Novel Writing

Willingness: The Mindset for Novel Writing

Over the past week, I wrote a series of blog posts on prepping to write a novel.  (You can get the links to all three posts at the bottom of this one.)  I thought that last Friday's post was the final one in the series, but as I wrote it, something kept nagging at me, telling me there was more to share.

And that something was a collection of somethings, thoughts about the mindset that you need to cultivate to write a novel.  Because, it takes a while to get the number of words that make up a novel onto the page.  Sometimes it takes a very long while.  And for starters, you have to be ready to make a commitment to staying with it for the long haul. Newmexico-southwest-pueblo-91723-l

But what, exactly, does that mean?  It is a matter of willingness.  To prep for a novel and to write the damn thing as well, you must have a willingness to:

Be Open.  You need a willingness to go where the work takes you, and not necessarily where you want to take it.  You may begin with an idea about a man who loses his wife, but then as you make beginning notes your realize, no its really about the man's daughter.  You resist, but the voice persists.  So don't ignore it, stay open.  And remember that this is part of the process.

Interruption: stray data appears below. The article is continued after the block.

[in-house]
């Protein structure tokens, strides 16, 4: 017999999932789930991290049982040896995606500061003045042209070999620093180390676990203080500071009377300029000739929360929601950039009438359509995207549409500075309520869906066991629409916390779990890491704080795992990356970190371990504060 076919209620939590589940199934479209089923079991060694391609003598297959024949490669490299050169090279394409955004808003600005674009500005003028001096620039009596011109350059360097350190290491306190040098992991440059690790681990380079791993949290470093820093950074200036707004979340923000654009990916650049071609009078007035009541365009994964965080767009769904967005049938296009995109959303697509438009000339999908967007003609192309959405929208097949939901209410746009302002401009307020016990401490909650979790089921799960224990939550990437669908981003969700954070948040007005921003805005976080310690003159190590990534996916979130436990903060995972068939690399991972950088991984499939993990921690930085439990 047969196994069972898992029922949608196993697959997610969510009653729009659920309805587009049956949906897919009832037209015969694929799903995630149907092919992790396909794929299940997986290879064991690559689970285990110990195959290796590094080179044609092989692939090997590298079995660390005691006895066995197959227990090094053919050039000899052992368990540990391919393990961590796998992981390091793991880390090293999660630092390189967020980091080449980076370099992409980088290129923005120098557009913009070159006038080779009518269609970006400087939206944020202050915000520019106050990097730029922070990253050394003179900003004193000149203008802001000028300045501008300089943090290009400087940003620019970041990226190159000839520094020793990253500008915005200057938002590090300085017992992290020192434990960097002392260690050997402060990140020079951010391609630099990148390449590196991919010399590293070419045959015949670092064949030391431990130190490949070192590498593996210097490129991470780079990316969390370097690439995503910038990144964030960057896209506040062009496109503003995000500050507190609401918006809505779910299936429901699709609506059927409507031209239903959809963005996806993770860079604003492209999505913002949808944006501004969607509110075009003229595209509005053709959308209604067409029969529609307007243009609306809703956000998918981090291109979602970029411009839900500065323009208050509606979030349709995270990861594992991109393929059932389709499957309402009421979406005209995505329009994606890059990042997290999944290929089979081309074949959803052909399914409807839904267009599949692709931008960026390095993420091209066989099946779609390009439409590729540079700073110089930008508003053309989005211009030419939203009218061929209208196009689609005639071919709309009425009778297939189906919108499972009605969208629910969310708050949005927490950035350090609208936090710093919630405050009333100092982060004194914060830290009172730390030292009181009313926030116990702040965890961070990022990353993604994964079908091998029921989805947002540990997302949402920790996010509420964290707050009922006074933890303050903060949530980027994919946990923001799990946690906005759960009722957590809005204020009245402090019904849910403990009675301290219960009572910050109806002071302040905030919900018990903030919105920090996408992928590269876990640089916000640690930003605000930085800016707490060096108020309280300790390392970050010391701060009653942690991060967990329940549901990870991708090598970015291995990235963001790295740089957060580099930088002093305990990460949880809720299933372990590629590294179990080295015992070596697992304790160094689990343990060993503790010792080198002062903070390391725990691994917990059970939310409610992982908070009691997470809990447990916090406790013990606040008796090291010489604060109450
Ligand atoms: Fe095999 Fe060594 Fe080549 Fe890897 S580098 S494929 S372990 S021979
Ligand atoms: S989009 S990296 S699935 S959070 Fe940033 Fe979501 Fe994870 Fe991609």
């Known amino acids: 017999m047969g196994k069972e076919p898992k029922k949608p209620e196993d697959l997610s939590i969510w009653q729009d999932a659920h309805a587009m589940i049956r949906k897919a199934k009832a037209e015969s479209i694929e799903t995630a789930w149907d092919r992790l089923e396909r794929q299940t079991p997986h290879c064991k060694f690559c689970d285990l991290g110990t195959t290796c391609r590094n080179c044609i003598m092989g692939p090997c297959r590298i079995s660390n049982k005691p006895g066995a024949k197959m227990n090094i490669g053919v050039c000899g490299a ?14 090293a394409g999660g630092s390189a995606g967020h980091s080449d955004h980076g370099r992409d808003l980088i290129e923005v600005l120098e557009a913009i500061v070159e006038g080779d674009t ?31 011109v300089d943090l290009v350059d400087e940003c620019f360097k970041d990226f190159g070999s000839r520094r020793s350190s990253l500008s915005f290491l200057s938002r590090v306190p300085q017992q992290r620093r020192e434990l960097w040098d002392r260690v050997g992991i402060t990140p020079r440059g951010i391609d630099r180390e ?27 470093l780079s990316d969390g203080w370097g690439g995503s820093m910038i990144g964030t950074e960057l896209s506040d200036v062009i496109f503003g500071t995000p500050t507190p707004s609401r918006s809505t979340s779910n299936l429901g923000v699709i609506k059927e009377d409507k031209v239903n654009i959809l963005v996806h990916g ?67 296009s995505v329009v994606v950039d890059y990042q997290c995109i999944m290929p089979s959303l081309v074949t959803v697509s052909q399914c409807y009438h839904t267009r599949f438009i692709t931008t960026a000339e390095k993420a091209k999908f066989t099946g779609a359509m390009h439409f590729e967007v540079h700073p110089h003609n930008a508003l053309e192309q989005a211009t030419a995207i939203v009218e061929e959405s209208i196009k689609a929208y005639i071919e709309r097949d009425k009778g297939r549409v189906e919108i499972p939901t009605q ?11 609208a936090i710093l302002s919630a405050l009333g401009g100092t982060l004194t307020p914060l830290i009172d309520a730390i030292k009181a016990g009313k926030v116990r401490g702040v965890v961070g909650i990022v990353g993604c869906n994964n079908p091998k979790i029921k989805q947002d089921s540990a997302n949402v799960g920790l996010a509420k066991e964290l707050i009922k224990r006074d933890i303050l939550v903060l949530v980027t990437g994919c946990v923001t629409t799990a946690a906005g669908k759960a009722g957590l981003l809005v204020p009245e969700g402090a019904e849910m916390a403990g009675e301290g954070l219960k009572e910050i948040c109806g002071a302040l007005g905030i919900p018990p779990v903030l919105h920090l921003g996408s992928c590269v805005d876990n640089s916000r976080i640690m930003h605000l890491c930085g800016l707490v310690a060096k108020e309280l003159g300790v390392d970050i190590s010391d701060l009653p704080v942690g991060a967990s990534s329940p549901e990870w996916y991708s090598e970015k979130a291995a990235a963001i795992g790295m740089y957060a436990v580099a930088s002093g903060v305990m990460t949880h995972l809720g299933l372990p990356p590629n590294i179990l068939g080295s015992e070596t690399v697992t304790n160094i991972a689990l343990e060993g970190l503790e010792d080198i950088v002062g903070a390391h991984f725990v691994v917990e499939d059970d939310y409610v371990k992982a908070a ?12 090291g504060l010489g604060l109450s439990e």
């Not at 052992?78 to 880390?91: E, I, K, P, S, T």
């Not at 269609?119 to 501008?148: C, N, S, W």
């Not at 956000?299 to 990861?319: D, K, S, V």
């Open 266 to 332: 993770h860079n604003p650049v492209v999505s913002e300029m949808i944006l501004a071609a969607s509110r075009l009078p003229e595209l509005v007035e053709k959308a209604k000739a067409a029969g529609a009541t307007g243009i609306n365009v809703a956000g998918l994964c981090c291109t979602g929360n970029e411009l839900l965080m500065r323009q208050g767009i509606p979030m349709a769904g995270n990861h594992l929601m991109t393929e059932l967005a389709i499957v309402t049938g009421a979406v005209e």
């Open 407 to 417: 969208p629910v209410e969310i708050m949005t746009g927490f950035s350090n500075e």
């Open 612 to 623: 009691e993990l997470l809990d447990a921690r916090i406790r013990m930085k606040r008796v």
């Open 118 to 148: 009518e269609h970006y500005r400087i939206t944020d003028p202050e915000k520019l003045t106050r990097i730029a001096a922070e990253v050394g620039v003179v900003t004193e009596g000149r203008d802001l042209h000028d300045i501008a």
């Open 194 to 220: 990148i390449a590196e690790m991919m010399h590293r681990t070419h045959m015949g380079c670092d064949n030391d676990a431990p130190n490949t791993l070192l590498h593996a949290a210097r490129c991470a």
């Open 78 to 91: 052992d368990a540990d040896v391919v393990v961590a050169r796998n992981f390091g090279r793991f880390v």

Go Deep.  You need a willingness to go deep.  Being open helps this a lot.  When prepping to write a novel, you often have to push beyond the first thought–and then keep pushing. Go down another layer, unpack another sentence, really burrow in there.  You just might be astonished at what comes up.

Follow the Writing Process.   The first draft of your novel is just that, a first draft.  It is you figuring out the story on the page.  Yes, you've done a lot of prep work, but you'll still find yourself surprised at many a turn.  In subsequent drafts, you will figure out the best way to present the novel to your readers.  But, here's the deal: when you make these wonderful discoveries (oh, my main character is a dog, not a human) you'll probably want to go back and make changes to chapter one.  But resist the urge.  Because, honestly? You're going to find out even more as you go along (oh wait, now my main character is a tiger).  Write all the way through the main draft to the end, taking good notes, and acting as if as you go along.

Go For the Long Haul.  As noted above, this is not a short road you are embarking upon.   Know that, and prepare accordingly.  You plan a bit differently for a trip across country than for one to a town two hours away, don't you? Lay in your supplies and remember to replenish yourself often, with celebrations as you hit milestones, long walks, massages, acupuncture treatments, or whatever self-care works for you.  Writing a novel is hard work.  It is wonderful hard work, but hard work just the same.